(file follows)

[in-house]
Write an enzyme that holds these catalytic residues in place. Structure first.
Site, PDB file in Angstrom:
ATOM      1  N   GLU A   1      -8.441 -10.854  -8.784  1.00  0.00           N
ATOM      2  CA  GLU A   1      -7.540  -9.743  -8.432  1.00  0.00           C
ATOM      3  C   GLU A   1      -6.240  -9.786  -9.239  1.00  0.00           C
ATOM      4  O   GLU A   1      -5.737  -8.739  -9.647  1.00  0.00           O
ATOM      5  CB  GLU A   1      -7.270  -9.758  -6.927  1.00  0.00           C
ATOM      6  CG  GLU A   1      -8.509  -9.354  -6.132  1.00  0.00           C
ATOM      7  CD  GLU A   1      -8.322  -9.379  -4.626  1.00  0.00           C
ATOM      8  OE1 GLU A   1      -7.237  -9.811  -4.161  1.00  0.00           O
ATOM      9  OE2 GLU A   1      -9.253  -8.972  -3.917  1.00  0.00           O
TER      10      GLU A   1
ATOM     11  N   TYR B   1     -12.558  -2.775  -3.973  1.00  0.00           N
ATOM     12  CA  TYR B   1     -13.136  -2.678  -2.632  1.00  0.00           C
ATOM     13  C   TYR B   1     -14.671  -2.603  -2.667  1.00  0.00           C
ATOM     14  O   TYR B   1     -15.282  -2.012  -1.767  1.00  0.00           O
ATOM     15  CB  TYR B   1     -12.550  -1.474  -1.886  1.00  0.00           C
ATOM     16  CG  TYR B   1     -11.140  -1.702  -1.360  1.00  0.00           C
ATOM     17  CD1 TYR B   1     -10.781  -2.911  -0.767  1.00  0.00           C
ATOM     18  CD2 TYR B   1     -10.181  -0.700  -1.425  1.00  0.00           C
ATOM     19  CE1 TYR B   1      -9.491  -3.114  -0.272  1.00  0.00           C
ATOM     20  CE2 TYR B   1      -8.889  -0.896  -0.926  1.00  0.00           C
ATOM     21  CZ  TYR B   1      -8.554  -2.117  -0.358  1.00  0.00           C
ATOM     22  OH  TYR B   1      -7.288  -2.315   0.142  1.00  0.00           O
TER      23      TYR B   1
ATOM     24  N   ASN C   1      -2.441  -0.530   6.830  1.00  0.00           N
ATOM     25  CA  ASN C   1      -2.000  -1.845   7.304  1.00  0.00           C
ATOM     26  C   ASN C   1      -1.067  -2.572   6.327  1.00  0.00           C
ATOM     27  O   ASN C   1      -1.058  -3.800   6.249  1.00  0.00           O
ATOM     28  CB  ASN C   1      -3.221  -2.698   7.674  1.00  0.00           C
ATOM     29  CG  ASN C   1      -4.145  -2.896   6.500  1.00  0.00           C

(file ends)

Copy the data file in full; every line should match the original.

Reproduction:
[in-house]
Write an enzyme that holds these catalytic residues in place. Structure first.
Site, PDB file in Angstrom:
ATOM      1  N   GLU A   1      -8.441 -10.854  -8.784  1.00  0.00           N
ATOM      2  CA  GLU A   1      -7.540  -9.743  -8.432  1.00  0.00           C
ATOM      3  C   GLU A   1      -6.240  -9.786  -9.239  1.00  0.00           C
ATOM      4  O   GLU A   1      -5.737  -8.739  -9.647  1.00  0.00           O
ATOM      5  CB  GLU A   1      -7.270  -9.758  -6.927  1.00  0.00           C
ATOM      6  CG  GLU A   1      -8.509  -9.354  -6.132  1.00  0.00           C
ATOM      7  CD  GLU A   1      -8.322  -9.379  -4.626  1.00  0.00           C
ATOM      8  OE1 GLU A   1      -7.237  -9.811  -4.161  1.00  0.00           O
ATOM      9  OE2 GLU A   1      -9.253  -8.972  -3.917  1.00  0.00           O
TER      10      GLU A   1
ATOM     11  N   TYR B   1     -12.558  -2.775  -3.973  1.00  0.00           N
ATOM     12  CA  TYR B   1     -13.136  -2.678  -2.632  1.00  0.00           C
ATOM     13  C   TYR B   1     -14.671  -2.603  -2.667  1.00  0.00           C
ATOM     14  O   TYR B   1     -15.282  -2.012  -1.767  1.00  0.00           O
ATOM     15  CB  TYR B   1     -12.550  -1.474  -1.886  1.00  0.00           C
ATOM     16  CG  TYR B   1     -11.140  -1.702  -1.360  1.00  0.00           C
ATOM     17  CD1 TYR B   1     -10.781  -2.911  -0.767  1.00  0.00           C
ATOM     18  CD2 TYR B   1     -10.181  -0.700  -1.425  1.00  0.00           C
ATOM     19  CE1 TYR B   1      -9.491  -3.114  -0.272  1.00  0.00           C
ATOM     20  CE2 TYR B   1      -8.889  -0.896  -0.926  1.00  0.00           C
ATOM     21  CZ  TYR B   1      -8.554  -2.117  -0.358  1.00  0.00           C
ATOM     22  OH  TYR B   1      -7.288  -2.315   0.142  1.00  0.00           O
TER      23      TYR B   1
ATOM     24  N   ASN C   1      -2.441  -0.530   6.830  1.00  0.00           N
ATOM     25  CA  ASN C   1      -2.000  -1.845   7.304  1.00  0.00           C
ATOM     26  C   ASN C   1      -1.067  -2.572   6.327  1.00  0.00           C
ATOM     27  O   ASN C   1      -1.058  -3.800   6.249  1.00  0.00           O
ATOM     28  CB  ASN C   1      -3.221  -2.698   7.674  1.00  0.00           C
ATOM     29  CG  ASN C   1      -4.145  -2.896   6.500  1.00  0.00           C